October 25, 2021

US generals say they have advised against a full withdrawal from Afghanistan.

Issued:

Top US generals said Tuesday that they had advised President Joe Biden to keep US troops in Afghanistan and expressed concern that the Taliban had not severed ties with al-Qaeda.

Gen. Mark Milli, chairman of the Joint Chiefs of Staff, and Gen. Kenneth McKenzie, commander of the U.S. Central Command, said they had personally recommended that about 2,500 troops remain on the ground. Afghanistan.

BidenIn April, it ordered the complete withdrawal of US troops from the country by August 31, after which an agreement was reached. Taliban By former President Donald Trump

Milli, Mackenzie and Secretary of Defense Lloyd Austin were questioned by members of the Senate Armed Services Committee for about six hours about the US withdrawal from Afghanistan and the evacuation of Kabul Airport.

White House Press Secretary Jane Sackie said Biden had received “divisive” advice on what to do in Afghanistan, which was attacked by the United States on September 11, 2001, following al Qaeda attacks on New York and Washington.

“Ultimately, it’s up to the Commander-in-Chief to make that decision,” Saki said. “He decided it was time to end the 20-year war.”

Milli, who blocked calls for some Republican lawmakers to resign, was asked if the evacuation and the random withdrawal, during which 13 U.S. soldiers were killed in a bomb attack, damaged America’s reputation. Delivered

“I think our credibility with allies and partners and adversaries around the world is being scrutinized to see where it is going and I think ‘loss’ is a word that Can be used.

Milli said the Taliban was and still is a terrorist organization and has not severed ties with al-Qaeda, which planned the 9/11 attacks from Afghanistan.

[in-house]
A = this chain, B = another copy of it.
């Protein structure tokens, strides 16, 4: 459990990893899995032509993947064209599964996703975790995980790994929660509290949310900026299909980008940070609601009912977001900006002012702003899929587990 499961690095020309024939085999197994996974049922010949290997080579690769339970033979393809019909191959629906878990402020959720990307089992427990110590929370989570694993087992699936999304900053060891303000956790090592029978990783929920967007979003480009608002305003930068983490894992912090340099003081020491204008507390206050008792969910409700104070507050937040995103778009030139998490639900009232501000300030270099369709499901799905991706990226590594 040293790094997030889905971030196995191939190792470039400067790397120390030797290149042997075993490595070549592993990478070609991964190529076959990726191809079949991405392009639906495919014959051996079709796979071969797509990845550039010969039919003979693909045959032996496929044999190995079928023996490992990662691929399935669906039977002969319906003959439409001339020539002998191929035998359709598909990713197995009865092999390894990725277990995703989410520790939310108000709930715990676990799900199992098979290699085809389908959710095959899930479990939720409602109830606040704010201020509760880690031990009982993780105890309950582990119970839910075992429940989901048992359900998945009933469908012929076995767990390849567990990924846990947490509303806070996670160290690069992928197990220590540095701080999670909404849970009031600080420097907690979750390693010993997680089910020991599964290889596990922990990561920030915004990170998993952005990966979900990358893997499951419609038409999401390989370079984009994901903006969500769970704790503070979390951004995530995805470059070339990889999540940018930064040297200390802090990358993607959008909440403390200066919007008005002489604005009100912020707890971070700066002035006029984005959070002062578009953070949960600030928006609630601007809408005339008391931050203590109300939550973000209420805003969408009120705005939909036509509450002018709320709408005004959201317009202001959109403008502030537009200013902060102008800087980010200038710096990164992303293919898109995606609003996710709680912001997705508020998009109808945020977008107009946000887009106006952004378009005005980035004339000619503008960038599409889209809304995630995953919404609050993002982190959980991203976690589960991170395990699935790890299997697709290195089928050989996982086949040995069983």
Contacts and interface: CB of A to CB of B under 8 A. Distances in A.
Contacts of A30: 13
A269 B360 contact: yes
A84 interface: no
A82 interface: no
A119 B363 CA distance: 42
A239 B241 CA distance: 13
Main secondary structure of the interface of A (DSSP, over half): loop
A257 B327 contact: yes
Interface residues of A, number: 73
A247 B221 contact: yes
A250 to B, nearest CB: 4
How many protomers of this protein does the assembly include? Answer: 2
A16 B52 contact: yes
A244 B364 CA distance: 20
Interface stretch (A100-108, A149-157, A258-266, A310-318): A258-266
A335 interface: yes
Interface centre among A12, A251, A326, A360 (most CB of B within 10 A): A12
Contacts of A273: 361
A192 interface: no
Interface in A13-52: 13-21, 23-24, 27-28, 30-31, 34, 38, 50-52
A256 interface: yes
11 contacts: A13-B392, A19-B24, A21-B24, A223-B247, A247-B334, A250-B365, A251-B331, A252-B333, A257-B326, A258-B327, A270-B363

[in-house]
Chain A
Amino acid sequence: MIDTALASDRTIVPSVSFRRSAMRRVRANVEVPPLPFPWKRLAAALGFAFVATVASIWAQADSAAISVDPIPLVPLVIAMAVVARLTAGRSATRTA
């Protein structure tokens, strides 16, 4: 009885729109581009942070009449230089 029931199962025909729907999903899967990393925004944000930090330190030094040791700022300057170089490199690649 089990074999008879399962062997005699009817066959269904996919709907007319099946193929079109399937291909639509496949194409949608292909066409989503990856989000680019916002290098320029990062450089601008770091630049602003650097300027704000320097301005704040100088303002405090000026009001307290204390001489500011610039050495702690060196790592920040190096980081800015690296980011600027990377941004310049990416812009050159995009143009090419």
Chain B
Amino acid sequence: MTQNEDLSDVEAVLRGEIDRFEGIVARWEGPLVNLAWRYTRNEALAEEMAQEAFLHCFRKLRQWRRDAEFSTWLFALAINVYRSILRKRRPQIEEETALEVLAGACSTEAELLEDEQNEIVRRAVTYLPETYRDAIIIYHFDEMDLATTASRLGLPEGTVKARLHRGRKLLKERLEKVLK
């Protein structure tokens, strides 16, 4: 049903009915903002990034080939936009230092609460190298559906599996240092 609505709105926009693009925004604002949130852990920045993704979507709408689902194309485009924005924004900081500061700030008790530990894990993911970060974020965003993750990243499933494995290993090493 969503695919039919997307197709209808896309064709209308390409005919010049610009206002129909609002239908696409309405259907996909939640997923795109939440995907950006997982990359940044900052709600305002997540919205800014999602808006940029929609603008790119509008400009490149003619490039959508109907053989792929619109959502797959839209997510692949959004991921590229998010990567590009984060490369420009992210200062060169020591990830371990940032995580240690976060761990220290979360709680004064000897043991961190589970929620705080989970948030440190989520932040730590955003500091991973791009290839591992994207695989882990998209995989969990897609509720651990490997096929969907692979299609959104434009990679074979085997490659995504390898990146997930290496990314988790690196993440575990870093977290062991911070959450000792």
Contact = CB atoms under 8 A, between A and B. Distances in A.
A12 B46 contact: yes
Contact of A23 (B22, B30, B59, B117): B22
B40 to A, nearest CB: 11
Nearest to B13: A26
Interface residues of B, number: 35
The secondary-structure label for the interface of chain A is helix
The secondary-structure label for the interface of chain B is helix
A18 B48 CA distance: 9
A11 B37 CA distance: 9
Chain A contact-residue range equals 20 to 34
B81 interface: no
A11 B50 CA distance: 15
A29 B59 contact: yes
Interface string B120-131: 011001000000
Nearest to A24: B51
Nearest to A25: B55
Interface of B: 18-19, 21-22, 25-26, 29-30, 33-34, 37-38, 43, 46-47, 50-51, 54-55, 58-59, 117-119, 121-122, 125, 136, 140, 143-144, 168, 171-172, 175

It remains to be seen whether the Taliban can consolidate power or the country will move further into civil war, he said. But we must continue to protect the American people from terrorist attacks in Afghanistan.

He said a reshuffle with al-Qaeda or Islamic State’s desire to attack the United States was “a very real possibility”, but “it is too early to determine their capability.”

‘We surprised everyone’

Austin said the United States “does not fully understand the depth of corruption and poor leadership in the Afghan armed forces.”

“We helped build a state, but we could not build a nation,” he said.

The head of the Pentagon said, “The fact that we and our partners have been trained has, in many cases, taken us all by surprise without firing a shot.” “Otherwise it would be dishonest to claim.”

Austin said the United States had provided the Afghan army with “equipment and aircraft and the skills to use them” but “in the end, we did not want them to win.”

‘Descalate’

Milli also testified about calls made to his Chinese counterpart in the months leading up to Trump’s presidency.

He said his goal was to reduce tensions and that the former president had no intention of attacking China.

“I know, I’m sure, President Trump didn’t intend to attack the Chinese,” Millie said.

“At the time, my job was to de-escalate. My message was constant: stay calm and steady and de-escalate. We are not going to attack you,” he said.

Calls between Milli and his Chinese counterpart, General Li Zhucheng, first appear in the Washington Post’s Bob Woodward and Robert Costa’s book, Prel.

The first call was made on October 30, four days before the US presidential election, and the second on January 8, when Trump supporters stormed the US capital in an attempt to block Biden’s confirmation of victory.

Some Republican lawmakers have accused Milli of overstepping his authority and demanding his resignation.

Milli defended his actions, saying the calls were linked to the then-Secretary of Defense.

“The October and January calls were made specifically for intelligence, which led us to believe that the Chinese were upset by the US attack,” Milli said.

“At the highest level, this military-to-military communication is critical to the security of the United States in order to end military operations, manage crises and prevent war between the major nuclear-armed powers,” he said. ۔ “

“At no time was I trying to change or influence this process, seize authority or place myself in the chain of command,” Milli added.

“I firmly believe in the civilian control of the military as a fundamental principle for this republic, and I am committed to ensuring that the military remains free from domestic politics.”

(AFP)

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